Radiators - Your car engine generates an enormous amount of heat. If the engine block gets too hot the pistons will generate excessive friction and run the risk of seizing the engine. In order to keep the engine temperature to manageable levels, water and anti freeze are passed through the engine absorbing heat and taking it to the car radiator where it is dissipated.
Expansion Tank - The expansion tank is a vital part of your car’s cooling system and acts as an overflow reservoir catching the water/coolant mix that is forced from your radiator as it heats and builds pressure in the system. As you run your car, the temperature of the coolant circulating through the water jackets naturally increases causing increasing pressure in the cooling system. Most of the coolant that is forced into the expansion tank returns to the radiator naturally after a few hours or when the engine is cold.
Radiator Cap - The radiator cap is a pressure release valve designed to build cooling system pressure at extreme heat. Normally designed to hold between 8 and 15 PSI, it’s important that radiator caps have the capacity to maintain sufficient pressure. An under-pressurised system may result in the car overheating. So that the system doesn’t become too pressurised, at maximum PSI the radiator cap valve opens and coolant escapes through the overflow tube into the bottom of the overflow tank.
Thermostat - Car thermostats help to keep the engine warm, as well as in regulating the coolant to keep the temperature down.
Thermostat Housing - The thermostat housing is the essential covering designed to protect the thermostat and ensure that your car runs at a proper working temperature. At one end is the thermostat, which usually sits on the lower intake manifold. At the other end of the thermostat housing is the radiator top hose.
Cooling Fan - When the temperature of the coolant rises above a set level, perhaps if the car is stationary and there is no cool air moving through the grill to dissipate heat from the radiator, the fan kicks in, blowing cooler air through the radiator to help the cooling process.
Coolant Sensors - The job of the cooling fan sensor to identify the coolant temperature properly and start the cooling fan to protect the engine if the coolant is too hot. When the coolant is back down to a manageable temperature the sensor stops the fan.
Water Pump – It’s vital that your engine operates at a proper working temperature. Car engines can get extremely hot and quickly suffer serious damage as a consequence. The job of the water pump is to draw hot water from the engine and circulate it around to the radiator to cool before re-entering the engine.
Coolant Hoses - These hoses are made from rubber and are designed to withstand the high temperatures and extreme pressure to carry coolant around the cooling system.
Compressor - Usually resembling a pump with large rubber and steel hoses It’s your car compressor that supplies the power to a vehcles AC system as well as pressurising and circulating the heated refrigerant vapour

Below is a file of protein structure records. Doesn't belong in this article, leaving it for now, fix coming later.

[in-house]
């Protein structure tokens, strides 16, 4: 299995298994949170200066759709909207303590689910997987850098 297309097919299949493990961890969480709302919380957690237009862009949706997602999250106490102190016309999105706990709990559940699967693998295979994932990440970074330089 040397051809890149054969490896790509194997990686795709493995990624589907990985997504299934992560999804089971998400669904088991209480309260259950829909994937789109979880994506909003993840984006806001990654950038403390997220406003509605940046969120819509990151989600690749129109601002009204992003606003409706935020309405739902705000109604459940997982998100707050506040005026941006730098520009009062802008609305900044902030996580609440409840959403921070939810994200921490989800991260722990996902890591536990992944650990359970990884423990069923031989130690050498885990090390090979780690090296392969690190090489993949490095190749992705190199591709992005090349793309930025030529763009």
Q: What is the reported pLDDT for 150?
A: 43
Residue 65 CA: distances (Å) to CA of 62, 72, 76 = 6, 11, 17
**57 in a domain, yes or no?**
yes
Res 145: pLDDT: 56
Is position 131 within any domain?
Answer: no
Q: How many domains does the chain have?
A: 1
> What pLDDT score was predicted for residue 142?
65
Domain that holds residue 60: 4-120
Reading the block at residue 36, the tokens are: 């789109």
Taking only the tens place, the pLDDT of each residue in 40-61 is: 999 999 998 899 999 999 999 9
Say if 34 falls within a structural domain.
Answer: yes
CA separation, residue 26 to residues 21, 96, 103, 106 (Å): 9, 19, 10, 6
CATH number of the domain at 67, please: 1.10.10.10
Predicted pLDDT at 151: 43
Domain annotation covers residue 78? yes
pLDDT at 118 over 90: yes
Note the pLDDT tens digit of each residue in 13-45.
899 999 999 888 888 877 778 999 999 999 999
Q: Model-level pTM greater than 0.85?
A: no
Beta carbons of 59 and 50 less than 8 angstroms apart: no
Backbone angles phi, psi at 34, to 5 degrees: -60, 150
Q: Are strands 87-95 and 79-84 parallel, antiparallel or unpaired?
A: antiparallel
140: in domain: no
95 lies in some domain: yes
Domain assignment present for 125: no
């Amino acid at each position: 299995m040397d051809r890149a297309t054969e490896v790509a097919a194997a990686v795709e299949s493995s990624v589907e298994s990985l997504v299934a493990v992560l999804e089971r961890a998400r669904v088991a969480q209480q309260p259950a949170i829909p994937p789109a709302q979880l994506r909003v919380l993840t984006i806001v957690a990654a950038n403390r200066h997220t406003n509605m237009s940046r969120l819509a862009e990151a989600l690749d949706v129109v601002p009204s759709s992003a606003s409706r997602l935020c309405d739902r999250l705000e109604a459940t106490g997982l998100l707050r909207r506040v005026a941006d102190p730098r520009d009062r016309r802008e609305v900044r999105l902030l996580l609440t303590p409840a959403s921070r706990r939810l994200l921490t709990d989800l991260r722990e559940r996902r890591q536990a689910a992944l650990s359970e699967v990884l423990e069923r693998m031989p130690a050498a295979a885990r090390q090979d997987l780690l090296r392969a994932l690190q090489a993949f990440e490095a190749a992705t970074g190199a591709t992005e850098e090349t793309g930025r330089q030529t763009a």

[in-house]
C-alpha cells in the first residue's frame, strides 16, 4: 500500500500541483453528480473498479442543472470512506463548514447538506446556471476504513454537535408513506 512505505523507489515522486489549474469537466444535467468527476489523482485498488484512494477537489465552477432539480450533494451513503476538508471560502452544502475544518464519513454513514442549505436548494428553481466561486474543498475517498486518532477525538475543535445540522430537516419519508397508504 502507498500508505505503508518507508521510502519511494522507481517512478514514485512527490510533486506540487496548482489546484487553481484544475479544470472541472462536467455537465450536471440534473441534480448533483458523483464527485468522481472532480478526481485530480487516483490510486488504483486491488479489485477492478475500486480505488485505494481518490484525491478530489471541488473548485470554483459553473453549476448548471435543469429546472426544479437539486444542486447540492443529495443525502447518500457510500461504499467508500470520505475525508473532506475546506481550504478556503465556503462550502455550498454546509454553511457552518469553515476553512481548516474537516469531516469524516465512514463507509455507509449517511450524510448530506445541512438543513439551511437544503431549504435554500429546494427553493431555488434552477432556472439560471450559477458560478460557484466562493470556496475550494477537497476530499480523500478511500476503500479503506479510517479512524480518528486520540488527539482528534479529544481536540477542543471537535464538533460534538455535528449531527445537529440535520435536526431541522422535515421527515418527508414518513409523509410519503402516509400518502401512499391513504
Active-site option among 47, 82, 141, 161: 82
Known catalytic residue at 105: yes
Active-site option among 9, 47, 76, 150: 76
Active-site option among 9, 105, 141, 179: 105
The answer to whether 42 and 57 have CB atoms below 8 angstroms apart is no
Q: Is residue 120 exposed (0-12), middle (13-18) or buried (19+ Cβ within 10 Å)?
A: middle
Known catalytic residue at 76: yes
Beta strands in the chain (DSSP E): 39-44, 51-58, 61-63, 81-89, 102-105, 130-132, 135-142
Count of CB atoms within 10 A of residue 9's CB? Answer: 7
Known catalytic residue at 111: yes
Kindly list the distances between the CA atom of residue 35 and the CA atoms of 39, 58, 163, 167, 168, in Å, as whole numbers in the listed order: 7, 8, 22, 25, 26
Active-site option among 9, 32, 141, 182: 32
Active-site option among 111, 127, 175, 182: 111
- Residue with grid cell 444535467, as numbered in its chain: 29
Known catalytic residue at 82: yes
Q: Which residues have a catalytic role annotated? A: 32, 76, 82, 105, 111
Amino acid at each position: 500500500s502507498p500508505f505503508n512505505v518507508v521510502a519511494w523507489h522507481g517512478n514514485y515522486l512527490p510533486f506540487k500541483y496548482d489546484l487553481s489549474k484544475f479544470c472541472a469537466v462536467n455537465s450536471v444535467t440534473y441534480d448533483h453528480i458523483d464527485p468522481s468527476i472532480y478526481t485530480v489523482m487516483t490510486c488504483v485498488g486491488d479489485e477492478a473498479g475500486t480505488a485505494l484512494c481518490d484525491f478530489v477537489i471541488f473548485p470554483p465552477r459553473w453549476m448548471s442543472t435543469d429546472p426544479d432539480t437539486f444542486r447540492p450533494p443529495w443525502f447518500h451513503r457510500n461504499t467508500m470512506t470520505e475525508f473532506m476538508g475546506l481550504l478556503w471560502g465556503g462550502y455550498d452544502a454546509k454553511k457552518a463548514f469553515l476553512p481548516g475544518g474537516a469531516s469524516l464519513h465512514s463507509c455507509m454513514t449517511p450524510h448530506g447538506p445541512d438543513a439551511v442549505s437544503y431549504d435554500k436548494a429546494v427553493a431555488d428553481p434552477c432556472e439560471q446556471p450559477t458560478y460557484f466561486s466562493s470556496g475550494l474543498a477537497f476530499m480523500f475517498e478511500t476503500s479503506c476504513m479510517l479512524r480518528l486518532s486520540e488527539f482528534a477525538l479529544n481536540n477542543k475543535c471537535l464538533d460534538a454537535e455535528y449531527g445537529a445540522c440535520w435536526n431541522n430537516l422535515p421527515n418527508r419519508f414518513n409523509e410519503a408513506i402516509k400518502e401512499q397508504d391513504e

Condensers - The task of the air conditioning condenser is to change the refrigerant from gas to liquid and expel heat from the car. Normally located in front of the radiator, Condensers take hot air from the compressor and use air flowing through it to removes heat from the refrigerant. The radiator’s cooling fans move the air through the condenser when the car is stationary.
Evaporators - Like the condenser, the car evaporator is designed to remove heat from your car. Unlike condensers car evaporatorsare located inside the passenger compartment. The evaporator receives cool liquid refrigerant which has been cooled by change of state in the condenser, the warm cabin air flows through the evaporator which causes the air to cool and liquid refrigerant to increase in temperature and change to vapour. The Vaporised cold, low-pressure air absorbs heat from the cabin and swaps it for cool air that is blown in.
Accumulators and receiver driers – Air conditioning accumulators are used in car air conditioning systems that have an orifice tube to meter refrigerants to the evaporator. An air conditioning accumulatoris your air conditioning system’s main protection against any damage caused by moisture, particularly liquid refrigerant. Accumulators also remove debris and moisture from air conditioning systems, but their main role is to store excess liquid refrigerant and thereby isolate the compressor from any potentially damaging corrosive acid formed by liquid refrigerant mixing with moisture.
Pollen Filter - A Pollen Filters job is Keeping your car comfortable and ventilated you must make a point of regularly changing your pollen filter. Heater fans rely on a clean air flow so be aware too that any restriction caused by leaves, bugs and debris blocking or clogging pollen filters can shorten their life-span.